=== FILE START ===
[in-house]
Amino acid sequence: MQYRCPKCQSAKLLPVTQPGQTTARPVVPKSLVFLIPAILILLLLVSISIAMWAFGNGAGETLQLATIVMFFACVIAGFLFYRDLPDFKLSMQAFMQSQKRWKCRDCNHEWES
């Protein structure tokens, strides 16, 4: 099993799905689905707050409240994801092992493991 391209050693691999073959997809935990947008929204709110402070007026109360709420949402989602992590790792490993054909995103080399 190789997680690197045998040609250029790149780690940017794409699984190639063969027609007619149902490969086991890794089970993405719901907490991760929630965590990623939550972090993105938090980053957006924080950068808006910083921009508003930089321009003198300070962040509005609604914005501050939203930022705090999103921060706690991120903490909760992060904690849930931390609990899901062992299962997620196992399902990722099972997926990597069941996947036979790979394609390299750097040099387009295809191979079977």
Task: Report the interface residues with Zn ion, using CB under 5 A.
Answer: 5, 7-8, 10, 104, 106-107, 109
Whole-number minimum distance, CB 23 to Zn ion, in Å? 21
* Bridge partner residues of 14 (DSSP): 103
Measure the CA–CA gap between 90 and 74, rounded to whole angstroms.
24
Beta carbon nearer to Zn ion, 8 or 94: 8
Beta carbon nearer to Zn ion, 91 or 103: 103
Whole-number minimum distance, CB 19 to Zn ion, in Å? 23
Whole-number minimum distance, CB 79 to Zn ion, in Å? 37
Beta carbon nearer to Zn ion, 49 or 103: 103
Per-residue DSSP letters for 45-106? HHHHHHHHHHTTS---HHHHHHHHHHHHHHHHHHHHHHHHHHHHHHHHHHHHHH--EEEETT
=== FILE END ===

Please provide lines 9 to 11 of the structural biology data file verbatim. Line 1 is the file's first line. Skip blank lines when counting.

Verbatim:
24
Beta carbon nearer to Zn ion, 8 or 94: 8
Beta carbon nearer to Zn ion, 91 or 103: 103